I didn’t know who else would sign. I never imagined that it would get much attention in the midst of a pandemic, economic and climate crises, and continuing attacks against people of color. I certainly didn’t expect the message to be hijacked by those who oppose trans rights, democratic discourse, and the crucial work of creating racial and economic justice in this country. Apparently, my expectations were wrong.
My signature does not mean that I endorse the views or work of other signatories. It means I support democratic discourse. I support engaging in dialogue and looking for common ground with people I disagree with—even deeply. I refuse to reduce others to binary categories, to act as though people are good or bad, right or wrong. As a trans person and as a Jew, I know the violence that grows out of this sort of thinking. I also reject the idea of intellectual, political, and moral contagion—the view that, for example, those who signed the letter should be treated as supporting everything (or anything) other signatories, such as J. K. Rowling, have said or done.
I apologize to those who feel let down by my signing, and am grateful to all who have respectfully expressed agreement and disagreement. That’s the way democratic dialogue is supposed to work, and I have learned from you.
“I am old enough to disdain cancel culture, though not for the reasons the letter gives. My disdain comes from the belief that it doesn’t exist—at least not as anything new, anything more than yet another term used as a blanket criticism of people, often young but not always, deploying new forms of communication (in this case, social media) to call out those they believe are espousing or enabling racism, sexism, homophobia, transphobia, sexual harassment and capitalistic exploitation.”
—Mary McNamara, Los Angeles Times, July 9
“There’s something darkly comical about the fretfulness of these elite petitioners. It’s telling that the censoriousness they identify as a national plague isn’t the racism that keeps Black journalists from reporting on political issues, or the transphobia that threatens their colleagues’ lives. The letter denounces ‘the restriction of debate, whether by a repressive government or an intolerant society,’ strategically blurring the line between these two forces. . . . Yet the suddenly unemployed people the Harper’s statement references clearly lost their jobs not because of a pandemic or government pressure, but for actions criticized as potentially harming marginalized groups.”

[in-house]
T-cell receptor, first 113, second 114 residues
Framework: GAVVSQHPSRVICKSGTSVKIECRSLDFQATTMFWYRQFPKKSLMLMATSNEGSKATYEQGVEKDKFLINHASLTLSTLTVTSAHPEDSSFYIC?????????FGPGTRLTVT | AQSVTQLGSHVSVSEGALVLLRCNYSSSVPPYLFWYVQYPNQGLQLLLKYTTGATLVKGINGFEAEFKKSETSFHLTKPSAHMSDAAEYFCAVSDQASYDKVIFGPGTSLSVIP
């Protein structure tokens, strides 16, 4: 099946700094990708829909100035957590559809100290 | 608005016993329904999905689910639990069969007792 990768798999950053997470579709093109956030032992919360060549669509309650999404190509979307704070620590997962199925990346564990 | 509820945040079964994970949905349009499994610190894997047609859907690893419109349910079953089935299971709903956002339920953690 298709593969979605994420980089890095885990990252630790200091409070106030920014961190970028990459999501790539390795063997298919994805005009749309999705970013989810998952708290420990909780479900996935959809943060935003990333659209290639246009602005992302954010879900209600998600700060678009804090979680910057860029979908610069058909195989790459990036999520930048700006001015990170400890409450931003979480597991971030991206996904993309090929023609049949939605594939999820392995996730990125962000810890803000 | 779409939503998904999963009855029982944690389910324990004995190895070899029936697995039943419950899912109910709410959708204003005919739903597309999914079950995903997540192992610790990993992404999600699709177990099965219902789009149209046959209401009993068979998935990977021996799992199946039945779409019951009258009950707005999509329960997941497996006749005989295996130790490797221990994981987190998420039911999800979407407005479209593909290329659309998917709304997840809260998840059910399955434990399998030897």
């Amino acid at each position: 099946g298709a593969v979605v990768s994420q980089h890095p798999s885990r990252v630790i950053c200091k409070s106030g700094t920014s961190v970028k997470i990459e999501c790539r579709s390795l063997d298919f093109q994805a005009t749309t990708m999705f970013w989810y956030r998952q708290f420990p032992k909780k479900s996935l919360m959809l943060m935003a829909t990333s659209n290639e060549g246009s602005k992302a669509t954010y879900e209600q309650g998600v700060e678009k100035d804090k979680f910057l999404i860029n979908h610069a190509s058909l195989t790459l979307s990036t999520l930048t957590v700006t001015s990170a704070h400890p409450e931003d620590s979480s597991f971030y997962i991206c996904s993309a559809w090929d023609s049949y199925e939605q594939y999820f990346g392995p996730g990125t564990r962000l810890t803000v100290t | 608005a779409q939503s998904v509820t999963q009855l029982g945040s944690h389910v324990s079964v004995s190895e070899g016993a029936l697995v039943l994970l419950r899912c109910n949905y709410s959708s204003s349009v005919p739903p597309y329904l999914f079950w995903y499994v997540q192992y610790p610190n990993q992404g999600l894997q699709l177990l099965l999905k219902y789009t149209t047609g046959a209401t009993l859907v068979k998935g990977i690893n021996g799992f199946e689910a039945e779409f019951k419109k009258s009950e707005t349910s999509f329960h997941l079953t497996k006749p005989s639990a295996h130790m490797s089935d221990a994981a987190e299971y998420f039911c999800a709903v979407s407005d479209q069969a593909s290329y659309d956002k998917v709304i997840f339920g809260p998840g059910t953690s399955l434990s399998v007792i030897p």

—Hannah Giorgis, The Atlantic, July 13
“Given Trump’s attack on dissent, it’s urgent for the left to reclaim the language of free speech and not leave this discourse to reactionary cranks. With free speech advocates like Bari Weiss, Cary Nelson, and Yascha Mounk, the forces of censorship will always enjoy a good night’s sleep. Yet to simply say that Weiss and company are hypocrites is only half the story. Thomas Jefferson was a hypocrite when he penned ‘all men are created equal.’ Jefferson’s slave-owning doesn’t discredit the principles he articulated. Rather, the principles give us language with which to criticize Jefferson. In the same way, the letter I signed provides standards by which hypocrites can be held accountable.”
—Jeet Heer, The Nation, July 10
“A large number of the signatories are in positions of influence and prestige, and [one] criticism thrown at them is that people have therefore found it virtually impossible to cancel them (though not for lack of trying). So, why the whining? Despite this explicit statement in the letter—‘The restriction of debate, whether by a repressive government or an intolerant society, invariably hurts those who lack power and makes everyone less capable of democratic participation’—its detractors completely missed the point. The signatories are doing this on behalf of those of us who aren’t immune from cancellation.”
—Angel Eduardo, Areo, July 18
“Debates over speech’s boundaries are the kinds of difficult conversations that every liberal society (maybe even every society) grapples with all the time. Canada criminalizes hate speech, Germany bans Holocaust denial, and the United States permits both—yet no one seriously believes that America is a free society while the other two have somehow collapsed into illiberalism. The cancel culture conversation is the same debate around free speech’s limits that we’ve been having over offensive speech for decades, playing out in newsrooms and faculty lounges rather than legislatures.”
—Zack Beauchamp, Vox, July 22
“If people fear for their livelihoods for relatively minor ideological transgressions, it may not violate the Constitution—the workplace is not the state—but it does create a climate of self-censorship and grudging conformity. . . . One reason many on the right want to be seen as free speech defenders is that they understand that the power to break taboos can be even more potent than the power to create them. Even sympathetic people will come to resent a left that refuses to make distinctions between deliberate slurs, awkward mistakes and legitimate disagreements. Cowing people is not the same as converting them.”
—Michelle Goldberg, New York Times, July 19